Vanity Fair (movie tie-in)

By William Makepeace Thackeray
Publisher:Penguin (Non-Classics), (7/23/2004)

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No one is better equipped in the struggle for wealth and worldly success than the alluring and ruthless Becky Sharp, who defies her impoverished background to clamber up the

social ladder. Her sentimental companion Amelia, however, longs for caddish soldier George. As the two heroines make their way through the tawdry glamour of English society in the early 1800s, battles—military and domestic—are fought, fortunes made and lost. The one steadfast and honorable figure in this corrupt world is Dobbin, devoted to Amelia, bringing pathos and depth to William Thackeray’s gloriously satirical epic of love and social adventure.

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"Vanity Fair (movie tie-in)"
By William Makepeace Thackeray

Average Rating:

This book has not been rated

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 General reading guide discussion questions to be used with ANY book your book club or reading group might be discussing.

  1. Becky Sharp is without doubt the novel's most intelligent and interesting character. Yet in frequent asides, the novel's narrator goes out of his way to expose her stratagems and condemn her motives. What do you think of the narrator's constant moralizing—about Becky as well as the novel's other characters? 

  2. Becky's disgrace occurs after her husband walks in on her intimate dinner with Lord Steyne. Do you think Rawdon's assumption—that Becky and Lord Steyne were lovers—is justified? Or was Becky, as she argues, merely using her charms to advance her husband's career? And why doesn't the usually omniscient narrator let us know conclusively what really happened? 

  3. Vanity Fair is subtitled A Novel without a Hero. Yet William Dobbin certainly seems to be a hero, at least when judged against the novel's other principal characters. In what ways does he differ from a conventional romantic hero? Does he, too, display any of the vanity, hypocrisy, and self-deception common to the other characters in the novel?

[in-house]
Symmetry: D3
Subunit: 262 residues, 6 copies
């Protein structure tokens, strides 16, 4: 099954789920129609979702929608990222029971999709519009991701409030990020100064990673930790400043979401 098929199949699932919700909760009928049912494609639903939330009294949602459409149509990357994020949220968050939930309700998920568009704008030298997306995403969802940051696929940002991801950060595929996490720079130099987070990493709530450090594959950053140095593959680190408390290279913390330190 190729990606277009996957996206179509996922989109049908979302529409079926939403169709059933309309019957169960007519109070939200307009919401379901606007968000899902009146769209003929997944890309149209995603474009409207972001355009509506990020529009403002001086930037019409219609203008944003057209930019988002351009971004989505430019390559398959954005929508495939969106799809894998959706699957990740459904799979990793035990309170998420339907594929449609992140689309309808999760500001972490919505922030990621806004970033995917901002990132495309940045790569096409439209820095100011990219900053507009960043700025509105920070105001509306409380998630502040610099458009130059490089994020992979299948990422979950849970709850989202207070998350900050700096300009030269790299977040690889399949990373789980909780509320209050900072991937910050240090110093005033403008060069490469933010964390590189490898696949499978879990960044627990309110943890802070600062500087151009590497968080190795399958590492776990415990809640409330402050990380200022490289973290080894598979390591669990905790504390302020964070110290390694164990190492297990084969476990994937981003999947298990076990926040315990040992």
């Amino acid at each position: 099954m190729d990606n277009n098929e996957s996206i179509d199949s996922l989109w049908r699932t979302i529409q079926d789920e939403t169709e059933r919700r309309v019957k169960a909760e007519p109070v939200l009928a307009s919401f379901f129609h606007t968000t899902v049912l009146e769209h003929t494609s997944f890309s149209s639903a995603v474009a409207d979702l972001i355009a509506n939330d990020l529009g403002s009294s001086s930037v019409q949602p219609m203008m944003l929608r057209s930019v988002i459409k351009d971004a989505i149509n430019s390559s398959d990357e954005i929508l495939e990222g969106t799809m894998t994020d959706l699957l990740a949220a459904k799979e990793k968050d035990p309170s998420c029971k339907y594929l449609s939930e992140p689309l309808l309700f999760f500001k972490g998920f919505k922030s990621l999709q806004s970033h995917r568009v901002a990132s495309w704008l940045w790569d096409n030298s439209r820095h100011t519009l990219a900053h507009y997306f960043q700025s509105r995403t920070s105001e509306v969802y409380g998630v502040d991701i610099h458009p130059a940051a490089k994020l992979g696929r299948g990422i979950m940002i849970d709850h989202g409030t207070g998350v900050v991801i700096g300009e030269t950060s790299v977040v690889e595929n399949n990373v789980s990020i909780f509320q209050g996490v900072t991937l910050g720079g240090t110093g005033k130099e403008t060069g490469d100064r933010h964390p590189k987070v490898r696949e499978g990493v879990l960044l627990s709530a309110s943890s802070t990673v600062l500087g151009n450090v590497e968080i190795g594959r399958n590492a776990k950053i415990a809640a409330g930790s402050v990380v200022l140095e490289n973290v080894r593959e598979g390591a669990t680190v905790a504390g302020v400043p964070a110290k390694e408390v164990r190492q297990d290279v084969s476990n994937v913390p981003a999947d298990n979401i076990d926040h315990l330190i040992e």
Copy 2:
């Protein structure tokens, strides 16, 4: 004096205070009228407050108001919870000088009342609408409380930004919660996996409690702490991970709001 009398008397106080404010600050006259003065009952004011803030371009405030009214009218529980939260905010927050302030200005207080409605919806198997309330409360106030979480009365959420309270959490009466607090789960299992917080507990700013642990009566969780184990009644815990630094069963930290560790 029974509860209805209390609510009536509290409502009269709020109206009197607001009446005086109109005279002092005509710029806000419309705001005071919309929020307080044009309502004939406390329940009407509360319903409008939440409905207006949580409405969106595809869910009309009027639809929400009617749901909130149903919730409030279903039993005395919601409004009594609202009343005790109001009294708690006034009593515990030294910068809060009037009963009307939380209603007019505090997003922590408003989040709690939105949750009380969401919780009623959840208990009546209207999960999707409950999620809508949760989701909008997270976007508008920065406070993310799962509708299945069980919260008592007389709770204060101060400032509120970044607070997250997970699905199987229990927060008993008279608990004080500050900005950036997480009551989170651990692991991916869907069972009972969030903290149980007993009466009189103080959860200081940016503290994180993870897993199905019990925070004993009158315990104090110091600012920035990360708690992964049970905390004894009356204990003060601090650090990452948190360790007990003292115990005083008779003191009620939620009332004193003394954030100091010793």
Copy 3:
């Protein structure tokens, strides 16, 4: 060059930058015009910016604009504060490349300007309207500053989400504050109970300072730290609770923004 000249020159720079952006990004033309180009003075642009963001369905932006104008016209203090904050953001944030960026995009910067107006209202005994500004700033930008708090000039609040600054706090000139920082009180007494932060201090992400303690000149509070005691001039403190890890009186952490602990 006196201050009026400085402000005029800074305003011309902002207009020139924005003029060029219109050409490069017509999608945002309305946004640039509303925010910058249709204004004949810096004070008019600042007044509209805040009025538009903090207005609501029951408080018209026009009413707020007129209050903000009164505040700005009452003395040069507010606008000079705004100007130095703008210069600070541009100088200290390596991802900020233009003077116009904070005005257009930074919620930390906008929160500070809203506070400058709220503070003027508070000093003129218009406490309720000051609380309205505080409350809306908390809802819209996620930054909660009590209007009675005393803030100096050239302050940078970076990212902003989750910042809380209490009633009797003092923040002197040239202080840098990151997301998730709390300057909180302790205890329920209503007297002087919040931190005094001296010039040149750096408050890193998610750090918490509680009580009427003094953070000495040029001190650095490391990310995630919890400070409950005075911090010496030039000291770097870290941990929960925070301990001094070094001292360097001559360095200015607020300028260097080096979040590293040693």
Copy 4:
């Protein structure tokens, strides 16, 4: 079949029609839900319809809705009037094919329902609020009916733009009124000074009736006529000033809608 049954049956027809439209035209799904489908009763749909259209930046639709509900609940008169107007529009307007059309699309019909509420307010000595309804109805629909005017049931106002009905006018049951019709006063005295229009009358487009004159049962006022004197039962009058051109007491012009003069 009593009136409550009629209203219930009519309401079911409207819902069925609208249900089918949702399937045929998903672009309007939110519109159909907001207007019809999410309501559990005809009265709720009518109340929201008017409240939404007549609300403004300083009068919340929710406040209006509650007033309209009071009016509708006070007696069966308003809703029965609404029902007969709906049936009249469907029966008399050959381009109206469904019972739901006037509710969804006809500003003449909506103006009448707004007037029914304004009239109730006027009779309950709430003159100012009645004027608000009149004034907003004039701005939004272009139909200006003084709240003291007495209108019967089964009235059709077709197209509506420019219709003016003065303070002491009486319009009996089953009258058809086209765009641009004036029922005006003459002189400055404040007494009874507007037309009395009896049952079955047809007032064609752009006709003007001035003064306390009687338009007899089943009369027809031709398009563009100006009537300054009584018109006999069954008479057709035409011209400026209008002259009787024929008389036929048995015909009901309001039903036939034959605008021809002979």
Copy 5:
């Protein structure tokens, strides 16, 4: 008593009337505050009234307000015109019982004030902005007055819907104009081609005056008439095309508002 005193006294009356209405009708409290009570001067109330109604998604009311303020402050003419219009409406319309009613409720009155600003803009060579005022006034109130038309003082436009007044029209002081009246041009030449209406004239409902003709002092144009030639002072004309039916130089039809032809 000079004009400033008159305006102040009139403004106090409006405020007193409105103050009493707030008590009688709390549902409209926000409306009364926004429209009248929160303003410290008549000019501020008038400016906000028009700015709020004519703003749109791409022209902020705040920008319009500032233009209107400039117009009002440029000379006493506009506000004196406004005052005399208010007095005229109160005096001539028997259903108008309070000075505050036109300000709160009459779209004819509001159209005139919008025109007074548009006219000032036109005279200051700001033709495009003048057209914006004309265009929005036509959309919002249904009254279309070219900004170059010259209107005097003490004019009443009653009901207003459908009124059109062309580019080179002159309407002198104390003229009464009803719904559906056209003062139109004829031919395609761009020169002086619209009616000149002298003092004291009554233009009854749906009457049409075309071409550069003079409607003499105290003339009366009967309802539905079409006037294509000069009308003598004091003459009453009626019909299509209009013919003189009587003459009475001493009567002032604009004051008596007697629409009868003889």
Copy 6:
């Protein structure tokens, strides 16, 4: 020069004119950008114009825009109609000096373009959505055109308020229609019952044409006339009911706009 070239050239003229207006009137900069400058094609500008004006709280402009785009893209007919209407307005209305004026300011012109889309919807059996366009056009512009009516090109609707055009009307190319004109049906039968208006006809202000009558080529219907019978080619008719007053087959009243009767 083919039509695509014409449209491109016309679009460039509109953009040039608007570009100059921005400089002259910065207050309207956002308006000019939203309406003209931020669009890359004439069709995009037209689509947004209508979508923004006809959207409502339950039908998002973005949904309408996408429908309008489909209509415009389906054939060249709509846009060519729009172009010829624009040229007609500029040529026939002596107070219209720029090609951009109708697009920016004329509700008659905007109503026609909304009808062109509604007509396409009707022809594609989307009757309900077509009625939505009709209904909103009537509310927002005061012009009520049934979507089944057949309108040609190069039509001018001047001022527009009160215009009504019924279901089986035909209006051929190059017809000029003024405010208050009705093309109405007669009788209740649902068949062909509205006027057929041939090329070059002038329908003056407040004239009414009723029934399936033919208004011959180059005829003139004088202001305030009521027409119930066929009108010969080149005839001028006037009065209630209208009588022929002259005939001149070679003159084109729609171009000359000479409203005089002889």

4. Amelia is lauded by the narrator as a paragon of womanhood, though he admits that some people, especially other women, don't see her charms. Yet Amelia's excessive grief over her scapegrace husband's death, her hapless passivity in the face of poverty, her spoiled son's eager embrace of wealth and position, and her unthinking exploitation of Dobbin's devotion certainly make us wonder about how much good her goodness does in the real world. Are Amelia's sentimental illusions and steadfast virtue in the end preferable to Becky's hard-headed realism and unscrupulous scheming? 

  5. Near the end of the book, Becky presses Amelia to marry Dobbin by revealing the unsavory truth about Amelia's late husband. How do you explain this uncharacteristic altruism on Becky's part, given the animosity between her and Dobbin? 

  6. Thackeray peoples his novel with many colorful secondary characters. Were any especially well drawn or true to life? Which did you find most amusing, pathetic, or loathsome? 

  7. How does the world depicted in Vanity Fair, with its self-conscious morality and well-defined social strata, compare to our world today? What is different, and what remains the same? 

  8. Thackeray's narrator sprinkles the novel with frequent stinging asides, such as "Did we know what our intimates and dear relations thought of us, we should live in a world that we should be glad to quit," and "What bitter satire is there in those flaunting childish family portraits, with their farce of sentiment and smiling lies." What did you think of the sentiments expressed in these remarks and others throughout the novel? Did you find any that were especially on target or out of bounds? What do they add to the novel? 

  9. What other novels could you compare with Vanity Fair, either for the scope of their social observation, or for their pairing of unattractive "good" and charismatic "bad" female characters?

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